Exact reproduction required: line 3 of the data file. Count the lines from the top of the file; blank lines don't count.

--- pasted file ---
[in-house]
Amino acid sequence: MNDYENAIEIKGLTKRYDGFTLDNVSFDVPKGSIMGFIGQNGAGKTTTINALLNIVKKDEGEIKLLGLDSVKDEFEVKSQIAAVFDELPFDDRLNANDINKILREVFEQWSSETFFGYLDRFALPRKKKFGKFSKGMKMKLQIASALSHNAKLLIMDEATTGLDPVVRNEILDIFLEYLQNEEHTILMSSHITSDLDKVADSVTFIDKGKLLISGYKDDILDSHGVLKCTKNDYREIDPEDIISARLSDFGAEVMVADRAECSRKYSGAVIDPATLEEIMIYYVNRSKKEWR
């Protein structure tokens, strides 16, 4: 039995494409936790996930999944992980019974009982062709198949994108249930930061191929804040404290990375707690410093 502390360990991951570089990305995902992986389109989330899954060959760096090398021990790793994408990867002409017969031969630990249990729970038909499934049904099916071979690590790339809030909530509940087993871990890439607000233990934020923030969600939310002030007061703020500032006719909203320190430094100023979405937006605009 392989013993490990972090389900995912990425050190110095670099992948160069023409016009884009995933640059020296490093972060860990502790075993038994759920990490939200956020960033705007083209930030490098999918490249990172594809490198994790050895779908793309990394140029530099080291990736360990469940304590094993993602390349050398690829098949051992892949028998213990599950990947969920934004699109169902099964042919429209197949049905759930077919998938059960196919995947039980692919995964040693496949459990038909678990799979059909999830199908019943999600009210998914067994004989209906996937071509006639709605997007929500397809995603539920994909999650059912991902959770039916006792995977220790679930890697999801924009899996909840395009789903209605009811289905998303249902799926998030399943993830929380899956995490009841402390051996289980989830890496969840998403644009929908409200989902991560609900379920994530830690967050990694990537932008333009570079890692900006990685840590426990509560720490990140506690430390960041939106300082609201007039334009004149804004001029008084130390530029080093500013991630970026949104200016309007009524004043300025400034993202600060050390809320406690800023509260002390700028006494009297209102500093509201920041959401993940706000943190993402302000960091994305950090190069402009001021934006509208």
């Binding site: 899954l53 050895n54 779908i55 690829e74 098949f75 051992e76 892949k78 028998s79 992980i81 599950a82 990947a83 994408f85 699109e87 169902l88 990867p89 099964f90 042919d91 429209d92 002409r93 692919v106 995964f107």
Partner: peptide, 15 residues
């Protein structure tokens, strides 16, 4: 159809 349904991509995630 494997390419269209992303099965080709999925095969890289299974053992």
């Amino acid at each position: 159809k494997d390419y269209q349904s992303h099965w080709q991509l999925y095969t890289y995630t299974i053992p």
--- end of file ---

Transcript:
């Protein structure tokens, strides 16, 4: 039995494409936790996930999944992980019974009982062709198949994108249930930061191929804040404290990375707690410093 502390360990991951570089990305995902992986389109989330899954060959760096090398021990790793994408990867002409017969031969630990249990729970038909499934049904099916071979690590790339809030909530509940087993871990890439607000233990934020923030969600939310002030007061703020500032006719909203320190430094100023979405937006605009 392989013993490990972090389900995912990425050190110095670099992948160069023409016009884009995933640059020296490093972060860990502790075993038994759920990490939200956020960033705007083209930030490098999918490249990172594809490198994790050895779908793309990394140029530099080291990736360990469940304590094993993602390349050398690829098949051992892949028998213990599950990947969920934004699109169902099964042919429209197949049905759930077919998938059960196919995947039980692919995964040693496949459990038909678990799979059909999830199908019943999600009210998914067994004989209906996937071509006639709605997007929500397809995603539920994909999650059912991902959770039916006792995977220790679930890697999801924009899996909840395009789903209605009811289905998303249902799926998030399943993830929380899956995490009841402390051996289980989830890496969840998403644009929908409200989902991560609900379920994530830690967050990694990537932008333009570079890692900006990685840590426990509560720490990140506690430390960041939106300082609201007039334009004149804004001029008084130390530029080093500013991630970026949104200016309007009524004043300025400034993202600060050390809320406690800023509260002390700028006494009297209102500093509201920041959401993940706000943190993402302000960091994305950090190069402009001021934006509208």